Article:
Sustainability is an exciting field because it is continuously evolving. We enjoy exploring what approaches will best meet the needs of projects and clients — it is not one-size-fits-all. Additionally, there is an increasing amount of state and federal funding available for projects. Positive health and social benefits are goals of many funding programs, and by partnering with our clients to take advantage of funding opportunities, these approaches are more accessible. WSB stays apprised of this ever-changing horizon of program opportunities by sorting through eligibility of funding and putting together winning projects in our communities and business partners.

Amy has nearly 25 years of experience across many industries, particularly energy and agriculture, in the public, private and nonprofit sectors. This experience has provided Amy with a broad background that enables her to meet community and business needs based on the business case for sustainability. By working across intersecting systems to simultaneously advance environmental, economic and social goals, she is able to uncover creative solutions.

[email protected] | 612.965.1489

Electric vehicles

Electric Vehicles Infrastructure: Four Tips to Set Communities Up for Success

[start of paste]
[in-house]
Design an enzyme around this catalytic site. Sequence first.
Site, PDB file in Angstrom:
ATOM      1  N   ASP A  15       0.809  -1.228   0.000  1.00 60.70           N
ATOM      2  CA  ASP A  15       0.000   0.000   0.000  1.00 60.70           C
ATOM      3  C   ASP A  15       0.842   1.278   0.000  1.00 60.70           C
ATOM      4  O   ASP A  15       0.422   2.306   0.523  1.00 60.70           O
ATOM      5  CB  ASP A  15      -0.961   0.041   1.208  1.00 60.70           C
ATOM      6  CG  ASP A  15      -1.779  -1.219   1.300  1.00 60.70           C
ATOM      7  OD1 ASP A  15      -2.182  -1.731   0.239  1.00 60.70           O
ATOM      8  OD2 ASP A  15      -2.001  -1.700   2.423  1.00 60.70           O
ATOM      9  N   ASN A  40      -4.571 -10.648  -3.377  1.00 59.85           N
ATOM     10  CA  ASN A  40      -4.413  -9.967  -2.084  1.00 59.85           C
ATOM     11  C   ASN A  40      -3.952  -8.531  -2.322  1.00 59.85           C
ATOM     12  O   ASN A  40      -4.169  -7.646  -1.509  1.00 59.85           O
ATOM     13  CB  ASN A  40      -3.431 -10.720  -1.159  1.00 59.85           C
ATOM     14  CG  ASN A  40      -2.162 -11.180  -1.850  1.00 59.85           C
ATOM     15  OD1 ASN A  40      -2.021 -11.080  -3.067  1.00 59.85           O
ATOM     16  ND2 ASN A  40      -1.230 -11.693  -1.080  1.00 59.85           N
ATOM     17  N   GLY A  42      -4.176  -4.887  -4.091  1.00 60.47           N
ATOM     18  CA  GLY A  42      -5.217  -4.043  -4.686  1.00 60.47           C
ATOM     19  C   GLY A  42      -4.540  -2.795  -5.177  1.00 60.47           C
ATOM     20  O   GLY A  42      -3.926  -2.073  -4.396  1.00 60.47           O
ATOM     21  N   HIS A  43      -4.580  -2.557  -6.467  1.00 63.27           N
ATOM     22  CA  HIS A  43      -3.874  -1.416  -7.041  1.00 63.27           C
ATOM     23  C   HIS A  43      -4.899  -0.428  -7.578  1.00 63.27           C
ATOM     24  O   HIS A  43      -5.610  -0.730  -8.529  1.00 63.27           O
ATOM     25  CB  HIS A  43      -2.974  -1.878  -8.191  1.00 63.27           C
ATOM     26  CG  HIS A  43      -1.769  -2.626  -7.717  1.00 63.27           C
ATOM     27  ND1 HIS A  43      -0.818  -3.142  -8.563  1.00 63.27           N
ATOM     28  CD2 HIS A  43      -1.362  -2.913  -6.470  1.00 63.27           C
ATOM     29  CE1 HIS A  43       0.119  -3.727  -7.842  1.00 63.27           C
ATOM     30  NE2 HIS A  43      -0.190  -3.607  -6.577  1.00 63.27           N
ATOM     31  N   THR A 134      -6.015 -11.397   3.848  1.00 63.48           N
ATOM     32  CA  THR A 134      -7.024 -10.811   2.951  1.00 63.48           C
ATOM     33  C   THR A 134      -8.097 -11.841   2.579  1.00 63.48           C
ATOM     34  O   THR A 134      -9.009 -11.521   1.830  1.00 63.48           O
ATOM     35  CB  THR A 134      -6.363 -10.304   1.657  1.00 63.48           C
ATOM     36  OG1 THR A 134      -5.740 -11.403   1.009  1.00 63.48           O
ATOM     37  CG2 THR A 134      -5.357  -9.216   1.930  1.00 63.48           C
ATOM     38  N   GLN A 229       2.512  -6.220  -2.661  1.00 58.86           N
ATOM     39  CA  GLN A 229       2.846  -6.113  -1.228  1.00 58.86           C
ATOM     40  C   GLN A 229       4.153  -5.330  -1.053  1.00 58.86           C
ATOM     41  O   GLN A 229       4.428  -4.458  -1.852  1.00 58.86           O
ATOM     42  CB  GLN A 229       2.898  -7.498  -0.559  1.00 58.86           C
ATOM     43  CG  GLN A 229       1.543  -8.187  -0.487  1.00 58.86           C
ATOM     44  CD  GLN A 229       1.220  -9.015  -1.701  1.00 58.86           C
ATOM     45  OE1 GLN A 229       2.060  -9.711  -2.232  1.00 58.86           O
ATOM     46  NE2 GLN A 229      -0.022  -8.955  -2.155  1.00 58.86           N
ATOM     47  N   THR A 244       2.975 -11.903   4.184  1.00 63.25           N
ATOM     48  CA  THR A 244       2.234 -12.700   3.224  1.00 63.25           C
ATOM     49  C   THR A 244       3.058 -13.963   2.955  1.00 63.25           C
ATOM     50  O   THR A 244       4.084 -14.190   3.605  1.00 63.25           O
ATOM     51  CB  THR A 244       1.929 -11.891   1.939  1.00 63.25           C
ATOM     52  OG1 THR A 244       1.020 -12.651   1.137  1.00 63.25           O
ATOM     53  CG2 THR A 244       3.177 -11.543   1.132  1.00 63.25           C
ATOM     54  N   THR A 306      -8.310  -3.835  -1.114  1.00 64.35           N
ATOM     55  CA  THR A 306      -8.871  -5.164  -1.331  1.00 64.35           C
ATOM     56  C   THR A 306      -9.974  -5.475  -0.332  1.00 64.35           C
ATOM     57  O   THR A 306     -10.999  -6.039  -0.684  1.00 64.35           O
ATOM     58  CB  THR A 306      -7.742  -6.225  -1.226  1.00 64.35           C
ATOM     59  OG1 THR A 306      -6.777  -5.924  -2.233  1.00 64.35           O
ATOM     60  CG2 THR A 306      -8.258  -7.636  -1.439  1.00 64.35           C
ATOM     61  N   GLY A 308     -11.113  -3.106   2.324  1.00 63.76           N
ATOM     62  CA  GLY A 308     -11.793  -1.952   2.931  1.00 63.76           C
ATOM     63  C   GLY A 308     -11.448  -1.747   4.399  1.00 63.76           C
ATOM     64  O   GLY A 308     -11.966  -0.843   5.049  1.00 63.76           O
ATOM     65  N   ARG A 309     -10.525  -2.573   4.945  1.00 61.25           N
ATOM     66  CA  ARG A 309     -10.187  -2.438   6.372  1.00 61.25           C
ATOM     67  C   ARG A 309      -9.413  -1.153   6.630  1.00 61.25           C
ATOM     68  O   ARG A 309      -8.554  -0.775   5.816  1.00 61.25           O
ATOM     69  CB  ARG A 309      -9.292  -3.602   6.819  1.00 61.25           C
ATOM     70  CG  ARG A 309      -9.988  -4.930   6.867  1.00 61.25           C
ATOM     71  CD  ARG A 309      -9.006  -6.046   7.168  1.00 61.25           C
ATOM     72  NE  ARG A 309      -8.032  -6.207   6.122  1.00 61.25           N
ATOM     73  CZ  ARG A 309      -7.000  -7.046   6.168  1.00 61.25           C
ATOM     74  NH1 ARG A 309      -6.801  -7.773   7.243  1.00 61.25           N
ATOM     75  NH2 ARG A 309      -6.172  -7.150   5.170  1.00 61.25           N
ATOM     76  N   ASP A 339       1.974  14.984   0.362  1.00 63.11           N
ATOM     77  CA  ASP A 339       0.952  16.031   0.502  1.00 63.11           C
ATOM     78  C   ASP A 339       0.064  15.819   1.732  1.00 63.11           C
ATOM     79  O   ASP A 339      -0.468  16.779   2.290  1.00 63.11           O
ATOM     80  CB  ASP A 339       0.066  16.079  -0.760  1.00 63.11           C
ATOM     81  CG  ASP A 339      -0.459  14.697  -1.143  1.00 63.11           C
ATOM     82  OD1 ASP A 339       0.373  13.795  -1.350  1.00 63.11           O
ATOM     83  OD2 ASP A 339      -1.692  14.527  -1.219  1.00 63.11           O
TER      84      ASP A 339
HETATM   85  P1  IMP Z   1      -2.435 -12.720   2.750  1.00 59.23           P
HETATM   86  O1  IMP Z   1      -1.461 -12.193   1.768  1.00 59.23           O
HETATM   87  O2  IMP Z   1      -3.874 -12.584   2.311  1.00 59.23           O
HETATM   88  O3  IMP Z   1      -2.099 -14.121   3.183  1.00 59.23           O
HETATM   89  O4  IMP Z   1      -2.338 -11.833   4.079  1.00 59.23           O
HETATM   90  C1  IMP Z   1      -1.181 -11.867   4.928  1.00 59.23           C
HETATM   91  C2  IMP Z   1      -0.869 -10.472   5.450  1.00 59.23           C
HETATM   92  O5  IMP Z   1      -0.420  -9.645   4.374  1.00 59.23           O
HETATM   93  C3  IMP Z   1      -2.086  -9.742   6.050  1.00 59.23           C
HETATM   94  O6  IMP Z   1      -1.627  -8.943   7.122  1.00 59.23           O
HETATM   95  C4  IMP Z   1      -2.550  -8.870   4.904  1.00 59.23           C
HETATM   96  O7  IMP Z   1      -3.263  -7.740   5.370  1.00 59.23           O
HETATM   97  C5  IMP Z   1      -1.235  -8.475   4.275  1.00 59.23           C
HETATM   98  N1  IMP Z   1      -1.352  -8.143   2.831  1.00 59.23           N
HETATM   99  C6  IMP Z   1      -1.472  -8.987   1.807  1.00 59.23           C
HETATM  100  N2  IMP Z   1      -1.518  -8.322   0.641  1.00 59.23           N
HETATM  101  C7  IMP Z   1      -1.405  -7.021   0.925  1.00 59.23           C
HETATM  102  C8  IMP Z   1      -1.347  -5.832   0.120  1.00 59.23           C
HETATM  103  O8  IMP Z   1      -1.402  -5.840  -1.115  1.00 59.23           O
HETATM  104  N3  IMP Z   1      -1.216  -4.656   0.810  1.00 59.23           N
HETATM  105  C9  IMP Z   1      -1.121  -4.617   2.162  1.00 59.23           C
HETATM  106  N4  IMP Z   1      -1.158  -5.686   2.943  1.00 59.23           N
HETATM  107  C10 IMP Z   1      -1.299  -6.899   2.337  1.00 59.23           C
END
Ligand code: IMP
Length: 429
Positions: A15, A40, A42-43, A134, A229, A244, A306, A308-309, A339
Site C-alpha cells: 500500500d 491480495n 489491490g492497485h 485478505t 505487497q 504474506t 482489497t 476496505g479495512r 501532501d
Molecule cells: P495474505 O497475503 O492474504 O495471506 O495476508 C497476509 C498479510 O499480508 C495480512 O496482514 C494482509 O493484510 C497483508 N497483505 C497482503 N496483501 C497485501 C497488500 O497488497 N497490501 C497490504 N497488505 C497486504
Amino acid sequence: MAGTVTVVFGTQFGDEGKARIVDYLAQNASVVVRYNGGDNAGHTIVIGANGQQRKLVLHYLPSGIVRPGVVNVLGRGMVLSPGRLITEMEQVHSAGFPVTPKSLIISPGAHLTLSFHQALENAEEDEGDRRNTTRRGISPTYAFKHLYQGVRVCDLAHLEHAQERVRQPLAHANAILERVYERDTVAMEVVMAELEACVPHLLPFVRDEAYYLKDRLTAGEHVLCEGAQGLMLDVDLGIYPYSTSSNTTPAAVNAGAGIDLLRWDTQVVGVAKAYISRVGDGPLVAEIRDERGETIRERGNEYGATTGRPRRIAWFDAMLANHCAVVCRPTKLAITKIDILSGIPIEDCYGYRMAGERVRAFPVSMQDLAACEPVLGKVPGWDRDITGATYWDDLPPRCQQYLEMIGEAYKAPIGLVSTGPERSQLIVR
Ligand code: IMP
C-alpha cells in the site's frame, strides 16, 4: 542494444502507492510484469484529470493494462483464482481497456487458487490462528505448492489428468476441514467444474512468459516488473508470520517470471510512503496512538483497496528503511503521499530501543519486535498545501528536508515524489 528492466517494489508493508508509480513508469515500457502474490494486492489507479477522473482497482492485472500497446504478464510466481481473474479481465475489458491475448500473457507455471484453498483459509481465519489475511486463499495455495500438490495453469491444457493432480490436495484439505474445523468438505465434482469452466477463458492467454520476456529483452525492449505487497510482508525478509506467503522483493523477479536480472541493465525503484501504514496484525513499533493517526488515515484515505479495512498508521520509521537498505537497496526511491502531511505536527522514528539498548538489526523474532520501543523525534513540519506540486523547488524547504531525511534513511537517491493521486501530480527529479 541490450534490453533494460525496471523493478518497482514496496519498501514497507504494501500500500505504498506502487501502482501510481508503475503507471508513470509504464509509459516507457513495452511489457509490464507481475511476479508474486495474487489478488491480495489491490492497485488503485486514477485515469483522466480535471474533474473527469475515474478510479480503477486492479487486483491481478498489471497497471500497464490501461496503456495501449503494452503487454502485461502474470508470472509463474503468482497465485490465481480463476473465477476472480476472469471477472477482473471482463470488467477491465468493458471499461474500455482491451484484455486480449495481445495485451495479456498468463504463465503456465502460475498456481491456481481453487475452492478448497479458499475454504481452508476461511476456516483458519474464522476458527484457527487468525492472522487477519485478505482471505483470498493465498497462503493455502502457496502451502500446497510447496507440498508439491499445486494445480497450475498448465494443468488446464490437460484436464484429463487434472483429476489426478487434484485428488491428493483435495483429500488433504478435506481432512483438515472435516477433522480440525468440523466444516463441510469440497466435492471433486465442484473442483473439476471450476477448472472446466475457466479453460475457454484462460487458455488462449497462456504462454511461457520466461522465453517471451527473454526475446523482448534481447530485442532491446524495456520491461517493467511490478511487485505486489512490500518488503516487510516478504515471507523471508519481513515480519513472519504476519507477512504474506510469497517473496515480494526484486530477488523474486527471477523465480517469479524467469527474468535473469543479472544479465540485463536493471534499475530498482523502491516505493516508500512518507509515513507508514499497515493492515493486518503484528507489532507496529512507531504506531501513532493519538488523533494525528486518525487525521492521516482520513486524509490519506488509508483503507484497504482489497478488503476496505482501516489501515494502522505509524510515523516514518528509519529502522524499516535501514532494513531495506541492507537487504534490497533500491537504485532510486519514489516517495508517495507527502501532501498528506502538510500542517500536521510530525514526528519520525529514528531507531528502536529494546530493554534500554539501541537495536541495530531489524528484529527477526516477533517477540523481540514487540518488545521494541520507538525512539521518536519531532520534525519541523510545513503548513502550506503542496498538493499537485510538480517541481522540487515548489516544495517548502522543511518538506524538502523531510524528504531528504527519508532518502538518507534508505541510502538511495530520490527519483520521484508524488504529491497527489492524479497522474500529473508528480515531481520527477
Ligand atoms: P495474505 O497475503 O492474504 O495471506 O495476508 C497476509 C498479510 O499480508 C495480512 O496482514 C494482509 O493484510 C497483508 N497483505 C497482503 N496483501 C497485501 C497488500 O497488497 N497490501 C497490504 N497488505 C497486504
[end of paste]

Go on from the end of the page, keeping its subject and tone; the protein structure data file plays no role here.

November 15, 2022
By Amy Fredregill, SR Director of Sustainability, WSB

Electric vehicles (EV) are here, and consumer demand is growing. That means more communities are exploring how to integrate EV chargers into their city planning. The bipartisan federal infrastructure law passed last year, which created programs like the National Electric Vehicle Infrastructure (NEVI) Formula Program, opened the door for even more funding opportunities and grants for cities to install fast charging stations. 

The problem, however, is that many cities don’t have an EV policy or goals in place. If communities don’t begin preliminary planning and outline larger policy goals, going after funding opportunities can leave cities scrambling and unprepared.

Here are a few tips and ideas that can help cities prepare for electric vehicle charging infrastructure and advance a plan that best fits the needs of residents and businesses, providing for positive future growth.